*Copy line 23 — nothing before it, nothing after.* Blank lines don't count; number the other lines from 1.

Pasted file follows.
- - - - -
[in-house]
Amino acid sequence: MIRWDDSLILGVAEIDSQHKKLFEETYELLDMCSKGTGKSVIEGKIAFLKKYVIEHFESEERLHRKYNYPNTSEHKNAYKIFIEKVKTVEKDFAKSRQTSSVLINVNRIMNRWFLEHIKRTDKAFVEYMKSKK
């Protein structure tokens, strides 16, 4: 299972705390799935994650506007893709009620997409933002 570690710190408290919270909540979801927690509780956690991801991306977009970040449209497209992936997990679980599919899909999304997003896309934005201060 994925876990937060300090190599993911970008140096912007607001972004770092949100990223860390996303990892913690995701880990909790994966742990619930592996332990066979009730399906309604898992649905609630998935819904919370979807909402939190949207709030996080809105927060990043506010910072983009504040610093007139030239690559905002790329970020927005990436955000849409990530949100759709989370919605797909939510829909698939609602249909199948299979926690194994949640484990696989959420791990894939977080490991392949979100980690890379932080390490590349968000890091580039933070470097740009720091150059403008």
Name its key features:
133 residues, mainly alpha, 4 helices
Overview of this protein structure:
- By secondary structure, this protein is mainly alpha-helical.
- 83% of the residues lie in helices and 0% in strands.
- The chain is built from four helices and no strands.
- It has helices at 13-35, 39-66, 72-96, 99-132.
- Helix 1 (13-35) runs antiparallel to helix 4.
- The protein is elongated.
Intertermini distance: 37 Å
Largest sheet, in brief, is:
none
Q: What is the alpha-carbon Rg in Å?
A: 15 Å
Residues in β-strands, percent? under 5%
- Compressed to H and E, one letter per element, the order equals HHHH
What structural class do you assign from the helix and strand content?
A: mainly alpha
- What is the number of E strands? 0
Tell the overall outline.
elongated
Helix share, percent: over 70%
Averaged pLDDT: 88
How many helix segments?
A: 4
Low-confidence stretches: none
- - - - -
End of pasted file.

Tell the overall outline.